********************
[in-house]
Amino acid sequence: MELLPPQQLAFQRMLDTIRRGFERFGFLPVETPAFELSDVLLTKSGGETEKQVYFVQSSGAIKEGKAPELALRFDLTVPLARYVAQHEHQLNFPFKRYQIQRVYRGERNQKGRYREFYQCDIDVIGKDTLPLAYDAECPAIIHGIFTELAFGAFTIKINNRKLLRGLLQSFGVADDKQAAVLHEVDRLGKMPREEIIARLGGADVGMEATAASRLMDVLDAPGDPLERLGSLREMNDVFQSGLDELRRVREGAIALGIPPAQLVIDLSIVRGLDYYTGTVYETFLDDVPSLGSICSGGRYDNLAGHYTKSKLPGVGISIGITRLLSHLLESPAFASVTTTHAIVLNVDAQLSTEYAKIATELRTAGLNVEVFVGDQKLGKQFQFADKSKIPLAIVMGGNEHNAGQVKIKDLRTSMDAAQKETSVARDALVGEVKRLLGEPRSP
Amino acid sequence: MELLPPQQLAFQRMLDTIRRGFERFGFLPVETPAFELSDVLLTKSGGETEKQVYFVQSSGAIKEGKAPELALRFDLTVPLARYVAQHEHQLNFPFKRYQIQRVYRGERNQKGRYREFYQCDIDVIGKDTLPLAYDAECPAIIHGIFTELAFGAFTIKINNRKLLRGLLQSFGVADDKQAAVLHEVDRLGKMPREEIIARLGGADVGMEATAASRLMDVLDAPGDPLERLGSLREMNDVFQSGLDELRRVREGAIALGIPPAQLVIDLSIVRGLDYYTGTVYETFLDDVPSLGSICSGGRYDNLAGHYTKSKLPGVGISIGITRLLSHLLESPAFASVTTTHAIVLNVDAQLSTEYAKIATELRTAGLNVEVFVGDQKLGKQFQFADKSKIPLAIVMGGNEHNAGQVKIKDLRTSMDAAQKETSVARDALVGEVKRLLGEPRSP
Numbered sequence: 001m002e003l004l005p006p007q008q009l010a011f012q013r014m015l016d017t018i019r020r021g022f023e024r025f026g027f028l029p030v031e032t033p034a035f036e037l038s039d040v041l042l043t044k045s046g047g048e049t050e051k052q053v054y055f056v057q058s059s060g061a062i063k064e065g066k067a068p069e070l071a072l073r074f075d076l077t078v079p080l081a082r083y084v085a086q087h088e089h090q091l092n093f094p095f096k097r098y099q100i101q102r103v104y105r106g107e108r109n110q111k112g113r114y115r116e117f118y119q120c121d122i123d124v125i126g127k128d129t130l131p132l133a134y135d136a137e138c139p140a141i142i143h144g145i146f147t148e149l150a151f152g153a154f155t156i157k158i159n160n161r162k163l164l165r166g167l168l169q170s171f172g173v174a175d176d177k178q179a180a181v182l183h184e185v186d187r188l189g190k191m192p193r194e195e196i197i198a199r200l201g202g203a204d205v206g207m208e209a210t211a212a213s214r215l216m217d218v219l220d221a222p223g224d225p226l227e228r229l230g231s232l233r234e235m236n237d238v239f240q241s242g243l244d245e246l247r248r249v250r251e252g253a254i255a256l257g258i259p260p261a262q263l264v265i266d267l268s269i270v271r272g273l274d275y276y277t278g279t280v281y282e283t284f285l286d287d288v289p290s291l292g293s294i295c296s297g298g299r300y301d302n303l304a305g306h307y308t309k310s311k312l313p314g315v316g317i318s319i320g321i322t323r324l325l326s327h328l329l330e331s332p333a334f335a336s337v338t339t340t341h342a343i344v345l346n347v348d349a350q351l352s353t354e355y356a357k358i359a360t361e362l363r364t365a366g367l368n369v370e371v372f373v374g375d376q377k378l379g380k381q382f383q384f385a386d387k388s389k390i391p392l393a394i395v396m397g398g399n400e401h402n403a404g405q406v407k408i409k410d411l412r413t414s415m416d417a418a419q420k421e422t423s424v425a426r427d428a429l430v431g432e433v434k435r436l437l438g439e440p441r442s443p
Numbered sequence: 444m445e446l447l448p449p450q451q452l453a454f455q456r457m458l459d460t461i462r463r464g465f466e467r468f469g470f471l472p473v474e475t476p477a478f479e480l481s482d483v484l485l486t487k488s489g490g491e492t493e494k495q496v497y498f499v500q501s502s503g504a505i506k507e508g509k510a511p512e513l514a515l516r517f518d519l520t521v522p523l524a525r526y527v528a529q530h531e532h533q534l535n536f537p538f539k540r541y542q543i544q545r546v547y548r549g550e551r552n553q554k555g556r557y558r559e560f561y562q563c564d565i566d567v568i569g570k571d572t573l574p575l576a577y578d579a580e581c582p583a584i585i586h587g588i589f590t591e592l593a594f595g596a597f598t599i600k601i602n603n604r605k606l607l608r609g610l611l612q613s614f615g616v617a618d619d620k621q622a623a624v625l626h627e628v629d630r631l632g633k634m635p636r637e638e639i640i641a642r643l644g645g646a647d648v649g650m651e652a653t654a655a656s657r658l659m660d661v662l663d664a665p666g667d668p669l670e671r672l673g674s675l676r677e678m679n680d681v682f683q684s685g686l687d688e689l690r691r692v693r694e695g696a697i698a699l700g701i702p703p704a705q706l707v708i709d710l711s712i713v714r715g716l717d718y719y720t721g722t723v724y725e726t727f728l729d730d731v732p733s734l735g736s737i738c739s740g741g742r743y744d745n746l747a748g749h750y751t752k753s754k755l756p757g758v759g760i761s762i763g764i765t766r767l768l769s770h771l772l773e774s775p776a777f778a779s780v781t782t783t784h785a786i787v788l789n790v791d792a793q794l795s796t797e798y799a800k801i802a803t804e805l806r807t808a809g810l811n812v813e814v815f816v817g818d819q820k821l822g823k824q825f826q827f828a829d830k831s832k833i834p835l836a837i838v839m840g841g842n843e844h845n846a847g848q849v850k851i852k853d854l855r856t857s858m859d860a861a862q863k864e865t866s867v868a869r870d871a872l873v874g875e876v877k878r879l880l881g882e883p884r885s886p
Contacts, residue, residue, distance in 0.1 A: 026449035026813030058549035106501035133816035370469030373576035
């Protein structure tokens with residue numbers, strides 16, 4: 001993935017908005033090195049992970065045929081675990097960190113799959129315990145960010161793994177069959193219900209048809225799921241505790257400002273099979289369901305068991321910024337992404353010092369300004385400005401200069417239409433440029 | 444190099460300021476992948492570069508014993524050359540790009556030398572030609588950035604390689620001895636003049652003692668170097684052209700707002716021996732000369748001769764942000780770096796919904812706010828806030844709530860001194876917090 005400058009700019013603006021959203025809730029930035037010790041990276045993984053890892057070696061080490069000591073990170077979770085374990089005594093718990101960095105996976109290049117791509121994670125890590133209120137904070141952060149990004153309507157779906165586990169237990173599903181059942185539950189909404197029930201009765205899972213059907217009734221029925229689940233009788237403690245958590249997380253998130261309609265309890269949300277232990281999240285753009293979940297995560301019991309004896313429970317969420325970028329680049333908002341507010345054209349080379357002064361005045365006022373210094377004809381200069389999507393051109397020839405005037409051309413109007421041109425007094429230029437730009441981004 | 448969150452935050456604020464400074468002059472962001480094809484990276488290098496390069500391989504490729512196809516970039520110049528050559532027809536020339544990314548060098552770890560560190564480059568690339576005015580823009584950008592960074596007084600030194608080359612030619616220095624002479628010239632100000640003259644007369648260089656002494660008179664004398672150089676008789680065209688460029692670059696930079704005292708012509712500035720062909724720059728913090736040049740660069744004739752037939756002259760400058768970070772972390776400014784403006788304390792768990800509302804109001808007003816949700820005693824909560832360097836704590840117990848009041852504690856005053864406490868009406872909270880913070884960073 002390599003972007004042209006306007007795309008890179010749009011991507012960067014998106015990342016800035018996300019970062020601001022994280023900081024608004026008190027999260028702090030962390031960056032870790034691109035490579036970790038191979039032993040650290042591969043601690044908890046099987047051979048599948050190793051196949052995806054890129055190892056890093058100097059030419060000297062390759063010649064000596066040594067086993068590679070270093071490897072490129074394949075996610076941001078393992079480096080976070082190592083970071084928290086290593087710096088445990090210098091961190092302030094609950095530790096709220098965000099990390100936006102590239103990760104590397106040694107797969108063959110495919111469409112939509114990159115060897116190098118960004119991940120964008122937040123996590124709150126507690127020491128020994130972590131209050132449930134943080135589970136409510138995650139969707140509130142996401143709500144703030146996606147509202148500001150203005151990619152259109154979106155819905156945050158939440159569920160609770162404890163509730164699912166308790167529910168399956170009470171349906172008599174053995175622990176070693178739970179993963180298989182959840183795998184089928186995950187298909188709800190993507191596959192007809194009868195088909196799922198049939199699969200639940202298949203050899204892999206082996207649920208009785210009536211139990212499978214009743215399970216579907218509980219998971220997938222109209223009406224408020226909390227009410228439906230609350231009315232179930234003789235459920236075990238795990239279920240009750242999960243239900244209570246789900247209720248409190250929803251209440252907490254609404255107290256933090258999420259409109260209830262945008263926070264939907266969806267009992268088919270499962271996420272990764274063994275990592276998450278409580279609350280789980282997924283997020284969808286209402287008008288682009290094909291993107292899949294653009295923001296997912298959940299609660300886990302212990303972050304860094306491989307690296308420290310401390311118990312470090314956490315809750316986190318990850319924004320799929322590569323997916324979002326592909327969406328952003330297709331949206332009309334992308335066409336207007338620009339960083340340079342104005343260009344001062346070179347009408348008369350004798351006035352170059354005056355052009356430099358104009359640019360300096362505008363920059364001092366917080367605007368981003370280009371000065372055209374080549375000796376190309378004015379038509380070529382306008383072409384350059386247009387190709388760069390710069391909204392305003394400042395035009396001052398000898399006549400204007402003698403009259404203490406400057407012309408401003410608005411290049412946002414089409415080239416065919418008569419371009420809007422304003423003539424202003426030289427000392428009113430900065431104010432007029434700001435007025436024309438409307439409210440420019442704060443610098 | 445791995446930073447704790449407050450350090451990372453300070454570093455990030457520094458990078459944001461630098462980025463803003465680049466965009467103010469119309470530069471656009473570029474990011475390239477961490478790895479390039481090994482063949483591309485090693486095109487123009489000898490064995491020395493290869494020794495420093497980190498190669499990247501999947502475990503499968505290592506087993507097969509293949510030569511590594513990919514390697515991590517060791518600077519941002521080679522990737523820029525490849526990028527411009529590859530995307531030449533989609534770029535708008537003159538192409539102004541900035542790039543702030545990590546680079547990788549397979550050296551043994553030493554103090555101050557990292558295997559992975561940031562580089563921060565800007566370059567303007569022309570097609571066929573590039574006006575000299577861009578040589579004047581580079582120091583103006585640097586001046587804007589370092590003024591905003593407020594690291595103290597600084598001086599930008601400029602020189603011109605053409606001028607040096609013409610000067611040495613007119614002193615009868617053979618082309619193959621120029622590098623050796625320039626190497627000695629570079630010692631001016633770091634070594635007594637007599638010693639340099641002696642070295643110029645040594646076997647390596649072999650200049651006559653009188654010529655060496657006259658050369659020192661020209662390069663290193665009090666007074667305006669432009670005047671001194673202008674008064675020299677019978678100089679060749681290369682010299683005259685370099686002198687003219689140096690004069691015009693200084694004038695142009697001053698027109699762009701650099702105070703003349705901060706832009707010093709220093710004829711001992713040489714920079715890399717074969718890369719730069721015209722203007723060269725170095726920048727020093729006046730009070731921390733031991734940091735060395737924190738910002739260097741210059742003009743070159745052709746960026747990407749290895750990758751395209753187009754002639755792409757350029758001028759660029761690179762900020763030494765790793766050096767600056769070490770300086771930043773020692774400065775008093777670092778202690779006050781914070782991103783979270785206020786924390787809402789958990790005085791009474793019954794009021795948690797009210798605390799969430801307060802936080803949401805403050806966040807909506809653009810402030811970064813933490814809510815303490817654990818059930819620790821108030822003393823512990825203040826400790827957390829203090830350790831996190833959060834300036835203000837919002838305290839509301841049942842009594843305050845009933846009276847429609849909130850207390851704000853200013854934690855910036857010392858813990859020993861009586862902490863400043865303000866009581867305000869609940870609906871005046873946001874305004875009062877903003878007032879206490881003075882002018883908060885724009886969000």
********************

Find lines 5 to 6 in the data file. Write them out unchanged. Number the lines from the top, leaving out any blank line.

Numbered sequence: 444m445e446l447l448p449p450q451q452l453a454f455q456r457m458l459d460t461i462r463r464g465f466e467r468f469g470f471l472p473v474e475t476p477a478f479e480l481s482d483v484l485l486t487k488s489g490g491e492t493e494k495q496v497y498f499v500q501s502s503g504a505i506k507e508g509k510a511p512e513l514a515l516r517f518d519l520t521v522p523l524a525r526y527v528a529q530h531e532h533q534l535n536f537p538f539k540r541y542q543i544q545r546v547y548r549g550e551r552n553q554k555g556r557y558r559e560f561y562q563c564d565i566d567v568i569g570k571d572t573l574p575l576a577y578d579a580e581c582p583a584i585i586h587g588i589f590t591e592l593a594f595g596a597f598t599i600k601i602n603n604r605k606l607l608r609g610l611l612q613s614f615g616v617a618d619d620k621q622a623a624v625l626h627e628v629d630r631l632g633k634m635p636r637e638e639i640i641a642r643l644g645g646a647d648v649g650m651e652a653t654a655a656s657r658l659m660d661v662l663d664a665p666g667d668p669l670e671r672l673g674s675l676r677e678m679n680d681v682f683q684s685g686l687d688e689l690r691r692v693r694e695g696a697i698a699l700g701i702p703p704a705q706l707v708i709d710l711s712i713v714r715g716l717d718y719y720t721g722t723v724y725e726t727f728l729d730d731v732p733s734l735g736s737i738c739s740g741g742r743y744d745n746l747a748g749h750y751t752k753s754k755l756p757g758v759g760i761s762i763g764i765t766r767l768l769s770h771l772l773e774s775p776a777f778a779s780v781t782t783t784h785a786i787v788l789n790v791d792a793q794l795s796t797e798y799a800k801i802a803t804e805l806r807t808a809g810l811n812v813e814v815f816v817g818d819q820k821l822g823k824q825f826q827f828a829d830k831s832k833i834p835l836a837i838v839m840g841g842n843e844h845n846a847g848q849v850k851i852k853d854l855r856t857s858m859d860a861a862q863k864e865t866s867v868a869r870d871a872l873v874g875e876v877k878r879l880l881g882e883p884r885s886p
Contacts, residue, residue, distance in 0.1 A: 026449035026813030058549035106501035133816035370469030373576035